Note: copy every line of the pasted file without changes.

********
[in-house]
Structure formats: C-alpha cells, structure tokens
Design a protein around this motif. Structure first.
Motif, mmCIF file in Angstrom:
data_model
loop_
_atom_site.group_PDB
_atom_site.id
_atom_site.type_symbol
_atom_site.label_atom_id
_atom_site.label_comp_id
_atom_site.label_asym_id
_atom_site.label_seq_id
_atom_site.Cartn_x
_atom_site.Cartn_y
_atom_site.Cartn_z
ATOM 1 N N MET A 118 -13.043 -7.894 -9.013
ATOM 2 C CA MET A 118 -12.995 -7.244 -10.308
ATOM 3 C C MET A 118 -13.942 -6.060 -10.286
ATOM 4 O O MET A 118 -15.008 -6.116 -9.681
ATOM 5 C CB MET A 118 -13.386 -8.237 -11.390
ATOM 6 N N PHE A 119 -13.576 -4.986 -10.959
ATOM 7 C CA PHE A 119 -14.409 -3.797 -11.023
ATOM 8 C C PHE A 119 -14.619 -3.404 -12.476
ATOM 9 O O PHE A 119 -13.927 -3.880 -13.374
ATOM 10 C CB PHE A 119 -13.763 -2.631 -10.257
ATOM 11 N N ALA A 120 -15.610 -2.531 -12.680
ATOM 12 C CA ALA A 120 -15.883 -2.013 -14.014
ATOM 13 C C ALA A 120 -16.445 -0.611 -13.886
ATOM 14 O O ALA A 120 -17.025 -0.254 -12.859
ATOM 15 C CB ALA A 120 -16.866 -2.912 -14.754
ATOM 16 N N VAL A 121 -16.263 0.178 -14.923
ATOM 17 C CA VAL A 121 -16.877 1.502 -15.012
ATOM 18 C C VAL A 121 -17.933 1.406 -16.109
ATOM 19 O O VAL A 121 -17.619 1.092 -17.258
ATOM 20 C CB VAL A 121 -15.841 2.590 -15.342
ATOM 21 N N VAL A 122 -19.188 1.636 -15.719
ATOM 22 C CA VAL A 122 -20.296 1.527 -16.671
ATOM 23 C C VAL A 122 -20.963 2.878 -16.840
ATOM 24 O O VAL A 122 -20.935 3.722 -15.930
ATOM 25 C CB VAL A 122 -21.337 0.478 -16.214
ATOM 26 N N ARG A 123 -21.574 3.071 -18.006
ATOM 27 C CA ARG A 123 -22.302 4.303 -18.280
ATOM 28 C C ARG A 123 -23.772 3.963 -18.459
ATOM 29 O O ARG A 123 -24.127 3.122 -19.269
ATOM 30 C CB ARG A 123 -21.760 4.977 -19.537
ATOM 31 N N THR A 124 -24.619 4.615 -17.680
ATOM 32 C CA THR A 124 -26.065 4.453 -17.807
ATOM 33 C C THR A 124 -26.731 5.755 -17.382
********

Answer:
[in-house]
Structure formats: C-alpha cells, structure tokens
Design a protein around this motif. Structure first.
Motif, mmCIF file in Angstrom:
data_model
loop_
_atom_site.group_PDB
_atom_site.id
_atom_site.type_symbol
_atom_site.label_atom_id
_atom_site.label_comp_id
_atom_site.label_asym_id
_atom_site.label_seq_id
_atom_site.Cartn_x
_atom_site.Cartn_y
_atom_site.Cartn_z
ATOM 1 N N MET A 118 -13.043 -7.894 -9.013
ATOM 2 C CA MET A 118 -12.995 -7.244 -10.308
ATOM 3 C C MET A 118 -13.942 -6.060 -10.286
ATOM 4 O O MET A 118 -15.008 -6.116 -9.681
ATOM 5 C CB MET A 118 -13.386 -8.237 -11.390
ATOM 6 N N PHE A 119 -13.576 -4.986 -10.959
ATOM 7 C CA PHE A 119 -14.409 -3.797 -11.023
ATOM 8 C C PHE A 119 -14.619 -3.404 -12.476
ATOM 9 O O PHE A 119 -13.927 -3.880 -13.374
ATOM 10 C CB PHE A 119 -13.763 -2.631 -10.257
ATOM 11 N N ALA A 120 -15.610 -2.531 -12.680
ATOM 12 C CA ALA A 120 -15.883 -2.013 -14.014
ATOM 13 C C ALA A 120 -16.445 -0.611 -13.886
ATOM 14 O O ALA A 120 -17.025 -0.254 -12.859
ATOM 15 C CB ALA A 120 -16.866 -2.912 -14.754
ATOM 16 N N VAL A 121 -16.263 0.178 -14.923
ATOM 17 C CA VAL A 121 -16.877 1.502 -15.012
ATOM 18 C C VAL A 121 -17.933 1.406 -16.109
ATOM 19 O O VAL A 121 -17.619 1.092 -17.258
ATOM 20 C CB VAL A 121 -15.841 2.590 -15.342
ATOM 21 N N VAL A 122 -19.188 1.636 -15.719
ATOM 22 C CA VAL A 122 -20.296 1.527 -16.671
ATOM 23 C C VAL A 122 -20.963 2.878 -16.840
ATOM 24 O O VAL A 122 -20.935 3.722 -15.930
ATOM 25 C CB VAL A 122 -21.337 0.478 -16.214
ATOM 26 N N ARG A 123 -21.574 3.071 -18.006
ATOM 27 C CA ARG A 123 -22.302 4.303 -18.280
ATOM 28 C C ARG A 123 -23.772 3.963 -18.459
ATOM 29 O O ARG A 123 -24.127 3.122 -19.269
ATOM 30 C CB ARG A 123 -21.760 4.977 -19.537
ATOM 31 N N THR A 124 -24.619 4.615 -17.680
ATOM 32 C CA THR A 124 -26.065 4.453 -17.807
ATOM 33 C C THR A 124 -26.731 5.755 -17.382